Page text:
Rene Descartes' Treatise

The Father of Philosophy

on physics and mathematics....and a statement of his philosophy regarding first principles and the

Scientific Method

Descarte's first discusses specific problems in physics, including an echo, resonance and water pressure. He then considers mathematical problems, including the drawing of a tangent at an angle of 45 degrees to a curve, and sets out his working of the complete equation in detail (adding dismissively that this calculation took him nothing like the fortnight that another mathematician had supposed, since when he is working for himself he abbreviates heavily). He goes on to consider the problem of perfect numbers, stating his belief that he will be able to demonstrate that no even numbers are perfect except those of Euclid.

Next he discusses the work of his contemporary, Desargues, on the center of gravity of a sphere, once more illustrating his point with a diagram. He admits that their theories are very close, but he now thinks that they are both mistaken, and consequently asks his correspondent to delete the last paragraph of his copy of a treatise on mechanics that Descartes had sent, adding that he must have been falling asleep when he wrote those lines. He also points out the disadvantage in Galileo's work on balances and levers. With regard to Fermat's work on the tangent of the wheel, Descartes finds his method similar to that of Archimedes, which he thinks is the only way of approaching the problem. Roberval's work on the subject, on the other hand, he considers worthless.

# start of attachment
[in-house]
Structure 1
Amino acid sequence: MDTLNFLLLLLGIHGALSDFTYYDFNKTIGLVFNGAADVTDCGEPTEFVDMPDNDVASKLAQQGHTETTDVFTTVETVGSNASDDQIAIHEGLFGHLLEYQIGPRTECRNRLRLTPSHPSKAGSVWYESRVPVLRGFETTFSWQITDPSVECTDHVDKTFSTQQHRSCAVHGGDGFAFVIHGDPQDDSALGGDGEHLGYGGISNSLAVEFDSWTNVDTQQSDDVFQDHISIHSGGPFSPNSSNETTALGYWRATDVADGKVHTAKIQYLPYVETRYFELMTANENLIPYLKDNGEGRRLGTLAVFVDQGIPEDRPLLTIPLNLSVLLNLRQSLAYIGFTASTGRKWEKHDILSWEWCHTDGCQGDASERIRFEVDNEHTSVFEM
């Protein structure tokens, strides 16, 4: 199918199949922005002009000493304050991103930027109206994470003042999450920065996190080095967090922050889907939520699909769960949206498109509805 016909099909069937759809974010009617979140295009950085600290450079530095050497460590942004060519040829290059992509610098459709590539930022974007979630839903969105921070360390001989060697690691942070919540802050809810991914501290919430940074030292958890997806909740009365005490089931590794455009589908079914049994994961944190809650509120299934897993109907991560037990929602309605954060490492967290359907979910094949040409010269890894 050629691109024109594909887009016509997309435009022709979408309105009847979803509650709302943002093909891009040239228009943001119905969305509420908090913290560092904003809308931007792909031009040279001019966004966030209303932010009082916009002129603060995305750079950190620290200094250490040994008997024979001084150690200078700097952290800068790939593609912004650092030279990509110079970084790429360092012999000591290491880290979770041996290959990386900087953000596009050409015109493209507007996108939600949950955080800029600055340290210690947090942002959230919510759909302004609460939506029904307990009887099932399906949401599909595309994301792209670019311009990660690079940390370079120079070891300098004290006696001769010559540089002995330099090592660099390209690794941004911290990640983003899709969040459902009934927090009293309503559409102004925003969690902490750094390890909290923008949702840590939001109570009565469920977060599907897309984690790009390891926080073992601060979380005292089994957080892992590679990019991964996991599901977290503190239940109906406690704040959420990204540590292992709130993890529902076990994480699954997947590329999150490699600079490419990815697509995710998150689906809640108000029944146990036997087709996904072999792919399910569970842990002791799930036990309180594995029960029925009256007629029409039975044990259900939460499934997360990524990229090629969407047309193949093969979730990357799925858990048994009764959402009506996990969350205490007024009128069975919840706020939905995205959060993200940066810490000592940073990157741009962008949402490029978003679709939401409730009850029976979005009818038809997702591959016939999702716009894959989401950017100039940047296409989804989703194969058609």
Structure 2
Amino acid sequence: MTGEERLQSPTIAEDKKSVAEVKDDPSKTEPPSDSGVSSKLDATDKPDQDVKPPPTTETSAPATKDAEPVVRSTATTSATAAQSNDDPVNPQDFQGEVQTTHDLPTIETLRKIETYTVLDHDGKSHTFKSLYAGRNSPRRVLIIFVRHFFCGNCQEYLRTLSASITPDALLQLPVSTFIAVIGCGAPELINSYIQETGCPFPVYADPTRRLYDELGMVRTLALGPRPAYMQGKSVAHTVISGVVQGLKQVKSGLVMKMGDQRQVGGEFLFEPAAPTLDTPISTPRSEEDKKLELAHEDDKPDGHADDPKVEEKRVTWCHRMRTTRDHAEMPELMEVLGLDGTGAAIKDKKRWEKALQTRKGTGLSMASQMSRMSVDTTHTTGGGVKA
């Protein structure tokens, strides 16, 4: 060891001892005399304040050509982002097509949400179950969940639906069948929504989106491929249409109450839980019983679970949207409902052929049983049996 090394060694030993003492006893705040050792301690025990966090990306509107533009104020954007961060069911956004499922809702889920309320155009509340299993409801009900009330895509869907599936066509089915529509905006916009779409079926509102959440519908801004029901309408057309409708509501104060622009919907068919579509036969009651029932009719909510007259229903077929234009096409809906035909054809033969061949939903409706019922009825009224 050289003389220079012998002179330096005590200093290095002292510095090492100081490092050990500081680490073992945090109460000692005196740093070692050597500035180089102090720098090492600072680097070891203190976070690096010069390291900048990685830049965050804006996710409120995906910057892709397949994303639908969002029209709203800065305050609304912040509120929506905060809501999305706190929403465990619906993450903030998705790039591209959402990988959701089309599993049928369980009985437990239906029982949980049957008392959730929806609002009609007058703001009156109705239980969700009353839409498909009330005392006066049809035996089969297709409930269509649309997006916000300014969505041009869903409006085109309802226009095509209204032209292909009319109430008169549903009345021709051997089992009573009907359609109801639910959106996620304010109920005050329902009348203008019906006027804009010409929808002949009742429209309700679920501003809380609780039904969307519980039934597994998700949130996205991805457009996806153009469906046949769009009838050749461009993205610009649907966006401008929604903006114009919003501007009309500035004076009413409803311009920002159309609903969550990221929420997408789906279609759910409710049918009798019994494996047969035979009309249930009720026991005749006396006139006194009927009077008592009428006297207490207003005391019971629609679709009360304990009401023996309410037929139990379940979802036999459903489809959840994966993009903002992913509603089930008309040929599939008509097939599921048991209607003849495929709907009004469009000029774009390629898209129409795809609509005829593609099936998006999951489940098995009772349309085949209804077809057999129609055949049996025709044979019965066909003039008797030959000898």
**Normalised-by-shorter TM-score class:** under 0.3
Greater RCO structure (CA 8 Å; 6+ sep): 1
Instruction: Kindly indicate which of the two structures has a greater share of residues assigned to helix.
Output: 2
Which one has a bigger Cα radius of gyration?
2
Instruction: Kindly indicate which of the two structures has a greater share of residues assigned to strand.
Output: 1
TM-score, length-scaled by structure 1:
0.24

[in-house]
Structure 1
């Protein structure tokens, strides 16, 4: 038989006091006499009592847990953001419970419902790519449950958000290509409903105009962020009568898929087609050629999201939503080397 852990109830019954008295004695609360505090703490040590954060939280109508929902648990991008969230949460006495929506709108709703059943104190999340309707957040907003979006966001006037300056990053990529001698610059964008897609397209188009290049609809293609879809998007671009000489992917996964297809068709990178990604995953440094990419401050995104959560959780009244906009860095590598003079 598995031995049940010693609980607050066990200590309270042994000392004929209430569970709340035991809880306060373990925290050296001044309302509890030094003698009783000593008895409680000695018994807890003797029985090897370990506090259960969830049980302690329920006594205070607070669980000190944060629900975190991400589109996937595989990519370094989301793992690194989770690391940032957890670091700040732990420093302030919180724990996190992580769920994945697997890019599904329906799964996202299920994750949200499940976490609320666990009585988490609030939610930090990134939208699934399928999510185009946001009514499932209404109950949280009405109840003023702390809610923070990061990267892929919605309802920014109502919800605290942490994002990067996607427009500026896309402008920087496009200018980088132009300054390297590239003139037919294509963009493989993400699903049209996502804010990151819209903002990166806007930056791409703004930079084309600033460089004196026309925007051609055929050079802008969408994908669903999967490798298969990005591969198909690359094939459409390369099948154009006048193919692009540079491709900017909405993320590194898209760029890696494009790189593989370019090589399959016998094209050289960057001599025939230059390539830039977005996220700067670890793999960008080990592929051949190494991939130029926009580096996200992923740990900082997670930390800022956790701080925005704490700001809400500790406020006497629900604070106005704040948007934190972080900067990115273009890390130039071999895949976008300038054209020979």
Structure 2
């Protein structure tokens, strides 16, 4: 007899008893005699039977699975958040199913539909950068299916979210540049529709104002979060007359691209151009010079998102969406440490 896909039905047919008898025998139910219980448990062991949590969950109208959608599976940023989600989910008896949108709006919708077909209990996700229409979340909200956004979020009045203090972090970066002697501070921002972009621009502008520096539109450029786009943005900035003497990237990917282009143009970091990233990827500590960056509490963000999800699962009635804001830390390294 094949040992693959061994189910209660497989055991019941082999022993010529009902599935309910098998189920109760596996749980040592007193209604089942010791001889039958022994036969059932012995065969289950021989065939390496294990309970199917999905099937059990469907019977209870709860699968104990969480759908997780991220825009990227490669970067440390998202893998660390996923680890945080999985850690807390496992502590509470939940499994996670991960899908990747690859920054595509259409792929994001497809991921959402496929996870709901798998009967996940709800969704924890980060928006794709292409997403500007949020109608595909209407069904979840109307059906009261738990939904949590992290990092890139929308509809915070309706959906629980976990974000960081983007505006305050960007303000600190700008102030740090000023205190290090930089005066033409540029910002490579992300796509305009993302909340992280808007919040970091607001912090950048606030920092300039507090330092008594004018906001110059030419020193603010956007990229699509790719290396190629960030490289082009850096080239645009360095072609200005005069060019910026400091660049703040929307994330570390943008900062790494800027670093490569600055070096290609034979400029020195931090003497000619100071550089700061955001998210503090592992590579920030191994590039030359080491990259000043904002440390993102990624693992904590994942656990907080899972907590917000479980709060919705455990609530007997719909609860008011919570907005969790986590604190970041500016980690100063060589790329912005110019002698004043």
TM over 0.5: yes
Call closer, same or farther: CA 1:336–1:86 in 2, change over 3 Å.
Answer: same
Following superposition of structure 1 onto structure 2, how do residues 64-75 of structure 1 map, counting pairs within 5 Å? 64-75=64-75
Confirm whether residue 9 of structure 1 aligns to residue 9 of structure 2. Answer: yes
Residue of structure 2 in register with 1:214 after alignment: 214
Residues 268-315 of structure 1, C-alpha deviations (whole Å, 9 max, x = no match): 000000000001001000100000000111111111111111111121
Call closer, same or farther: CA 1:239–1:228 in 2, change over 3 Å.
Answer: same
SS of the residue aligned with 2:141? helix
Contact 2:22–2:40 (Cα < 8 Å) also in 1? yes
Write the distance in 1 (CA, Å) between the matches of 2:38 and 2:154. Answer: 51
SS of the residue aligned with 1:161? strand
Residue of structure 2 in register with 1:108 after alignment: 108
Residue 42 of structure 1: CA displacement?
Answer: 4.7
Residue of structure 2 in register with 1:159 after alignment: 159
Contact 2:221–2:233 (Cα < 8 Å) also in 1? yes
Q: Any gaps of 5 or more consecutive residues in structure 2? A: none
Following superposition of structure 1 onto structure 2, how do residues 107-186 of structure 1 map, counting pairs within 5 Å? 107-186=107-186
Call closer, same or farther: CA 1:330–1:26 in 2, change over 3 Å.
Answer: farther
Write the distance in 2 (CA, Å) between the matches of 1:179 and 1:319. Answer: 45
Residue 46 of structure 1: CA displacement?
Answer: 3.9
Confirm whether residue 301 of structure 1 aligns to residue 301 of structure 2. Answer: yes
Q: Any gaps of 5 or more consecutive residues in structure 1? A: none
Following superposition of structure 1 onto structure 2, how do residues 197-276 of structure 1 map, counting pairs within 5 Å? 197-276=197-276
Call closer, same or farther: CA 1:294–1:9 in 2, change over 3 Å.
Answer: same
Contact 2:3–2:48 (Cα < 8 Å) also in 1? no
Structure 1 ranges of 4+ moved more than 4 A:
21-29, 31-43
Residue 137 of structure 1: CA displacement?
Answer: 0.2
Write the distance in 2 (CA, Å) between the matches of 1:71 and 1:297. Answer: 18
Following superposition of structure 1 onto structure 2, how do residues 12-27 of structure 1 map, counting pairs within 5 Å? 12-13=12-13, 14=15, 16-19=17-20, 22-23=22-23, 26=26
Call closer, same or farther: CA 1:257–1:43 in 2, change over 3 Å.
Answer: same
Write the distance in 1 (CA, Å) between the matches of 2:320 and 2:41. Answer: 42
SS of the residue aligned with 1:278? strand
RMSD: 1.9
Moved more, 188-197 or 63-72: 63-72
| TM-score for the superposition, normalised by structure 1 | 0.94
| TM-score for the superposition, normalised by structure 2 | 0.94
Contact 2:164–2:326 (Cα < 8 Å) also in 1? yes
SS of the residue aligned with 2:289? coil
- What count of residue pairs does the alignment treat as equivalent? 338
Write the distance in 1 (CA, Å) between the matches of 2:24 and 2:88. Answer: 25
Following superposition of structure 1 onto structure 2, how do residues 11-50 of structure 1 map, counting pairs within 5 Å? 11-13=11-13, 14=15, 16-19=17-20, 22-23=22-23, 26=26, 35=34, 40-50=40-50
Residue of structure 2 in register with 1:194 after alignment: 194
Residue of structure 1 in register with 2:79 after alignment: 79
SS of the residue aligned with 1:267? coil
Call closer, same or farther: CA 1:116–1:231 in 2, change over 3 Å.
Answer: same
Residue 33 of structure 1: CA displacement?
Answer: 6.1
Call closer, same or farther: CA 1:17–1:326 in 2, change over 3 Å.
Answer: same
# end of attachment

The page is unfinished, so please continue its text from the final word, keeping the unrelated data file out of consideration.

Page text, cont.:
He expresses surprise at Fermat's reaction to his Dioptrique , and explains by means of a diagram, a point concerning burning glass. He also states firmly that he has done enough in the theoretical field towards the development of spectacles for old men; the practical aspect is up to the craftsmen. He also discusses condensation and rarefaction, the law of falling bodies, and his theory of matiere subtile.

The letter also contains a remarkable statement of his philosophy regarding first principles and scientific method.